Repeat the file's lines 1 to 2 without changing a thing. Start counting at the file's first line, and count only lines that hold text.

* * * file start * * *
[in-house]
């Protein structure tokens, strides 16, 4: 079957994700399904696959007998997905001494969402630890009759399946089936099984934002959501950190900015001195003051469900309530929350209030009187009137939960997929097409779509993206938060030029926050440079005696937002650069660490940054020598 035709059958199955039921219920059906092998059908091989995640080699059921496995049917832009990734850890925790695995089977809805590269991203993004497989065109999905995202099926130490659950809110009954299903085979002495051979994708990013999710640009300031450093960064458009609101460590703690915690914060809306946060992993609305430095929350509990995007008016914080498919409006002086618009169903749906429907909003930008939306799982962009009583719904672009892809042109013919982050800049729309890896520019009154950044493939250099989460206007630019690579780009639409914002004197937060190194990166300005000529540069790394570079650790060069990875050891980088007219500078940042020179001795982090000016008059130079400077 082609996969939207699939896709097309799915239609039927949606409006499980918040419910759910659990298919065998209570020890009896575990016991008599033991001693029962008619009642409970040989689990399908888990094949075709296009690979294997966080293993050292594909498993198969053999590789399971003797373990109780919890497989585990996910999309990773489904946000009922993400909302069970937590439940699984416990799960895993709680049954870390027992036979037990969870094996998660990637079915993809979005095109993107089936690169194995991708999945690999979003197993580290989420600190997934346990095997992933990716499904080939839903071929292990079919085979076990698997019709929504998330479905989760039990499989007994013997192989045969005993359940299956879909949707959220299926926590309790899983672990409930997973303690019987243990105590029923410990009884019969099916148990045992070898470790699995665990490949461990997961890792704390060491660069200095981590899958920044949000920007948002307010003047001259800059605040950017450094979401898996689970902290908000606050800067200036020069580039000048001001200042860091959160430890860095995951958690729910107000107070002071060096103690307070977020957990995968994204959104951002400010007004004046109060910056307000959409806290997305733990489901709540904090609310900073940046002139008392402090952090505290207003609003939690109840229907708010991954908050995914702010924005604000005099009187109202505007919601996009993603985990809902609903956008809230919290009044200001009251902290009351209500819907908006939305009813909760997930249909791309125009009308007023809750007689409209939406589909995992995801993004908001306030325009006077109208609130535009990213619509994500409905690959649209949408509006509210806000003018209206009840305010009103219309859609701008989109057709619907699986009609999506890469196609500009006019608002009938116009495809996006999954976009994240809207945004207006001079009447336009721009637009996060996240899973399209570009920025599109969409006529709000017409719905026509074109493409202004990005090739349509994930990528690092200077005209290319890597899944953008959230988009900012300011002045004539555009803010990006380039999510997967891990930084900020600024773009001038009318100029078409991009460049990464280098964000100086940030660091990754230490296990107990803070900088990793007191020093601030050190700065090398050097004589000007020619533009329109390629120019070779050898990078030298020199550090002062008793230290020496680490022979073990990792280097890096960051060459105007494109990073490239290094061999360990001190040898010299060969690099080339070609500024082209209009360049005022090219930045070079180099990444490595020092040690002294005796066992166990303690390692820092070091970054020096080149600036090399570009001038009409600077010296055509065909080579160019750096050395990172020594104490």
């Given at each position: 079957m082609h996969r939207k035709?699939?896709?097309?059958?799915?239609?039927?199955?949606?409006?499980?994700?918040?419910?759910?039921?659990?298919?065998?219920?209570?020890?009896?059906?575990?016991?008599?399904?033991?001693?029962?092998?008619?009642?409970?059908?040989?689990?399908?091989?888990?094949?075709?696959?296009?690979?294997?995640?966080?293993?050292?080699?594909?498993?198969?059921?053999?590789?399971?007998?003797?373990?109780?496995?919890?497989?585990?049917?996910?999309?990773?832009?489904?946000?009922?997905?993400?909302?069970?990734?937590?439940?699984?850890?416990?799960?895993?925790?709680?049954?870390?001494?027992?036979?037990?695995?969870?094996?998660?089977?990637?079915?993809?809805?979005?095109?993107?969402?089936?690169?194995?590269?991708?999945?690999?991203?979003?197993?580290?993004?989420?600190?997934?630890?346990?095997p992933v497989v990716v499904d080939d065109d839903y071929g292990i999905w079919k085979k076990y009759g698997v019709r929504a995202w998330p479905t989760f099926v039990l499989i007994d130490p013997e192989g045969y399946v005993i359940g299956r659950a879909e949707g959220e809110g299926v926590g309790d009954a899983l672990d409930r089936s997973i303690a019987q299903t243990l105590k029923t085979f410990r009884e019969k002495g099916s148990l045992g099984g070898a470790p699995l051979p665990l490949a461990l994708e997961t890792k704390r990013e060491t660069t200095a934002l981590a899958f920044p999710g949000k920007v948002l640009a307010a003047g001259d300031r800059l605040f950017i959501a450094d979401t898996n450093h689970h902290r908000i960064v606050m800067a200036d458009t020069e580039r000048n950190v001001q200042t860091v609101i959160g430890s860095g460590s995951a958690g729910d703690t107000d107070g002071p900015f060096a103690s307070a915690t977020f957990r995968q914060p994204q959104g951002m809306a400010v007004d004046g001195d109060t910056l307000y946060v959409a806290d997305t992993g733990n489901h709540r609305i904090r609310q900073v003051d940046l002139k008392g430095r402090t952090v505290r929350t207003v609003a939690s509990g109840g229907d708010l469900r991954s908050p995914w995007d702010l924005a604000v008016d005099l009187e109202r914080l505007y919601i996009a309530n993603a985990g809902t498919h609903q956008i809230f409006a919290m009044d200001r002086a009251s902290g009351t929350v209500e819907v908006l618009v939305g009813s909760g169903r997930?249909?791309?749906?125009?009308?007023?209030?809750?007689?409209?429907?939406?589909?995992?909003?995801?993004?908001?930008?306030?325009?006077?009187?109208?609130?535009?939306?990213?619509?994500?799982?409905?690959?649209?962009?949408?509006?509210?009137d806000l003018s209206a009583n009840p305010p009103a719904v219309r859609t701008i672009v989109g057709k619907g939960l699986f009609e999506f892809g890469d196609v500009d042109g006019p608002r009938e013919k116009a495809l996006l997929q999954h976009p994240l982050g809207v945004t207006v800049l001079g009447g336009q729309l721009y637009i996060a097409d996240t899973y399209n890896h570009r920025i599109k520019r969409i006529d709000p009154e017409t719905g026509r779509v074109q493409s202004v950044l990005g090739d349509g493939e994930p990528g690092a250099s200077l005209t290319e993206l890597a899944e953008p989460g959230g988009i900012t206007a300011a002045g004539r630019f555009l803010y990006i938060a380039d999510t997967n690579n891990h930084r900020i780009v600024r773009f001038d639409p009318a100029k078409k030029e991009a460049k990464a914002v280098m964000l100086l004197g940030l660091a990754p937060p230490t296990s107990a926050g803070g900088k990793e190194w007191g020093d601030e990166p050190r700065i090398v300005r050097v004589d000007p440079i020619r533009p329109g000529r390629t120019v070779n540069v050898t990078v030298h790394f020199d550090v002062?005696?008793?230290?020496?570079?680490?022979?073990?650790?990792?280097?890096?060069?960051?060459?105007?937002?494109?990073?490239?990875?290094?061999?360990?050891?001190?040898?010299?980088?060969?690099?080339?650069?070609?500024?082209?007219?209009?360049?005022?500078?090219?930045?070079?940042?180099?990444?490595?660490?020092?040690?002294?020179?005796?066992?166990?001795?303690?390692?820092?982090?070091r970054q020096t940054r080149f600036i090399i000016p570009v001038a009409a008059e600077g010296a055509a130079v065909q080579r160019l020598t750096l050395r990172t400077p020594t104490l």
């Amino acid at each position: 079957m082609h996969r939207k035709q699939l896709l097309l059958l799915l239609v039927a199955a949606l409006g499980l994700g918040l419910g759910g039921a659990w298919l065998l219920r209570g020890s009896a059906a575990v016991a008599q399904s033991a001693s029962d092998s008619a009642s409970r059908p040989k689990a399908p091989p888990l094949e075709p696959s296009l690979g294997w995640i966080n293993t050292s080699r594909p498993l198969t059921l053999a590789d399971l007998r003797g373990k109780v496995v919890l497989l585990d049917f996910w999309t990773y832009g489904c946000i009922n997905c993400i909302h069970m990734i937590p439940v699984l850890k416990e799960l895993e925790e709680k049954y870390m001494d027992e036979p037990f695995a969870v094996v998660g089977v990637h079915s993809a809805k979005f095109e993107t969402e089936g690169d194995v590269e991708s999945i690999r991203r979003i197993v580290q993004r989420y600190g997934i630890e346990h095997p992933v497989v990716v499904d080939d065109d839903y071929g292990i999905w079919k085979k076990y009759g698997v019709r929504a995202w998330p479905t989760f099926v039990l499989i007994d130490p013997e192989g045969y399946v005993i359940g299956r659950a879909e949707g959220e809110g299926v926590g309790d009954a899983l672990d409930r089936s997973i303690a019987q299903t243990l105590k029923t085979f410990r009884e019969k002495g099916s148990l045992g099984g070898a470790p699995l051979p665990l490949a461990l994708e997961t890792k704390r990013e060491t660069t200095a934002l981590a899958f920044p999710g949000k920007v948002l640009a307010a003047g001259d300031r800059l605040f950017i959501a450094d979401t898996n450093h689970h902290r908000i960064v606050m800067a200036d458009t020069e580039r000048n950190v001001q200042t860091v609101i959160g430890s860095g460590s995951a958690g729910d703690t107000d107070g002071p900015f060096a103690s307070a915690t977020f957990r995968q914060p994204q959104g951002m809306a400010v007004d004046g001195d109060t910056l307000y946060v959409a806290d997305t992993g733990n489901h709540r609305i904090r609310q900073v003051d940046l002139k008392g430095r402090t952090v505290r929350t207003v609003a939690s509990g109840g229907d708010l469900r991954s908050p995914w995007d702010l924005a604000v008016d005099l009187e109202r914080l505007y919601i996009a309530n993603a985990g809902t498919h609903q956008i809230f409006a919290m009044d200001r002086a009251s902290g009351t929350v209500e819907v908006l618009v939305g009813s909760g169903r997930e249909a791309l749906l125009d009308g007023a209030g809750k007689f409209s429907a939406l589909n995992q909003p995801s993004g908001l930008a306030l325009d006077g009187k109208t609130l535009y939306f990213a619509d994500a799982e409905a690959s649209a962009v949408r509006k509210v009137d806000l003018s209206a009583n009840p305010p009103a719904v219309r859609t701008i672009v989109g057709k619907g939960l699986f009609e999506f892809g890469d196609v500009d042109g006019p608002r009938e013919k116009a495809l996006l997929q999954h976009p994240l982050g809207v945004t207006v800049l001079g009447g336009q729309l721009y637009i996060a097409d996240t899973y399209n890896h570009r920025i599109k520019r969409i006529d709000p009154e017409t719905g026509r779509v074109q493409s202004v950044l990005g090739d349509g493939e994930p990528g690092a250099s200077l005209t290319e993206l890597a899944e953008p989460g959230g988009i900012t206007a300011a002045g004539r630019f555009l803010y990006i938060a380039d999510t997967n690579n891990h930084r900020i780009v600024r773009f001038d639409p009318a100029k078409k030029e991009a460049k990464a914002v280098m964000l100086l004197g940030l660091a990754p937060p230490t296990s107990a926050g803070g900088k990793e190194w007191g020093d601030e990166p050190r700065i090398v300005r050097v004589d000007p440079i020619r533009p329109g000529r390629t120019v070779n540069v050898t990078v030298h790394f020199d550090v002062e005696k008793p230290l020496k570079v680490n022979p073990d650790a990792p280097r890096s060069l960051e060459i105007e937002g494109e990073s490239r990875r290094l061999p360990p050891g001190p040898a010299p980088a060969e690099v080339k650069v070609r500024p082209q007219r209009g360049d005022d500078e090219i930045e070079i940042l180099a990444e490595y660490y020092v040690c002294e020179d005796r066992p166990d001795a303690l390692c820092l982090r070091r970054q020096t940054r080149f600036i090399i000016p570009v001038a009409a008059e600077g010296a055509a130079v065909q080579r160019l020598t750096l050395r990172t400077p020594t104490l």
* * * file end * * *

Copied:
[in-house]
């Protein structure tokens, strides 16, 4: 079957994700399904696959007998997905001494969402630890009759399946089936099984934002959501950190900015001195003051469900309530929350209030009187009137939960997929097409779509993206938060030029926050440079005696937002650069660490940054020598 035709059958199955039921219920059906092998059908091989995640080699059921496995049917832009990734850890925790695995089977809805590269991203993004497989065109999905995202099926130490659950809110009954299903085979002495051979994708990013999710640009300031450093960064458009609101460590703690915690914060809306946060992993609305430095929350509990995007008016914080498919409006002086618009169903749906429907909003930008939306799982962009009583719904672009892809042109013919982050800049729309890896520019009154950044493939250099989460206007630019690579780009639409914002004197937060190194990166300005000529540069790394570079650790060069990875050891980088007219500078940042020179001795982090000016008059130079400077 082609996969939207699939896709097309799915239609039927949606409006499980918040419910759910659990298919065998209570020890009896575990016991008599033991001693029962008619009642409970040989689990399908888990094949075709296009690979294997966080293993050292594909498993198969053999590789399971003797373990109780919890497989585990996910999309990773489904946000009922993400909302069970937590439940699984416990799960895993709680049954870390027992036979037990969870094996998660990637079915993809979005095109993107089936690169194995991708999945690999979003197993580290989420600190997934346990095997992933990716499904080939839903071929292990079919085979076990698997019709929504998330479905989760039990499989007994013997192989045969005993359940299956879909949707959220299926926590309790899983672990409930997973303690019987243990105590029923410990009884019969099916148990045992070898470790699995665990490949461990997961890792704390060491660069200095981590899958920044949000920007948002307010003047001259800059605040950017450094979401898996689970902290908000606050800067200036020069580039000048001001200042860091959160430890860095995951958690729910107000107070002071060096103690307070977020957990995968994204959104951002400010007004004046109060910056307000959409806290997305733990489901709540904090609310900073940046002139008392402090952090505290207003609003939690109840229907708010991954908050995914702010924005604000005099009187109202505007919601996009993603985990809902609903956008809230919290009044200001009251902290009351209500819907908006939305009813909760997930249909791309125009009308007023809750007689409209939406589909995992995801993004908001306030325009006077109208609130535009990213619509994500409905690959649209949408509006509210806000003018209206009840305010009103219309859609701008989109057709619907699986009609999506890469196609500009006019608002009938116009495809996006999954976009994240809207945004207006001079009447336009721009637009996060996240899973399209570009920025599109969409006529709000017409719905026509074109493409202004990005090739349509994930990528690092200077005209290319890597899944953008959230988009900012300011002045004539555009803010990006380039999510997967891990930084900020600024773009001038009318100029078409991009460049990464280098964000100086940030660091990754230490296990107990803070900088990793007191020093601030050190700065090398050097004589000007020619533009329109390629120019070779050898990078030298020199550090002062008793230290020496680490022979073990990792280097890096960051060459105007494109990073490239290094061999360990001190040898010299060969690099080339070609500024082209209009360049005022090219930045070079180099990444490595020092040690002294005796066992166990303690390692820092070091970054020096080149600036090399570009001038009409600077010296055509065909080579160019750096050395990172020594104490």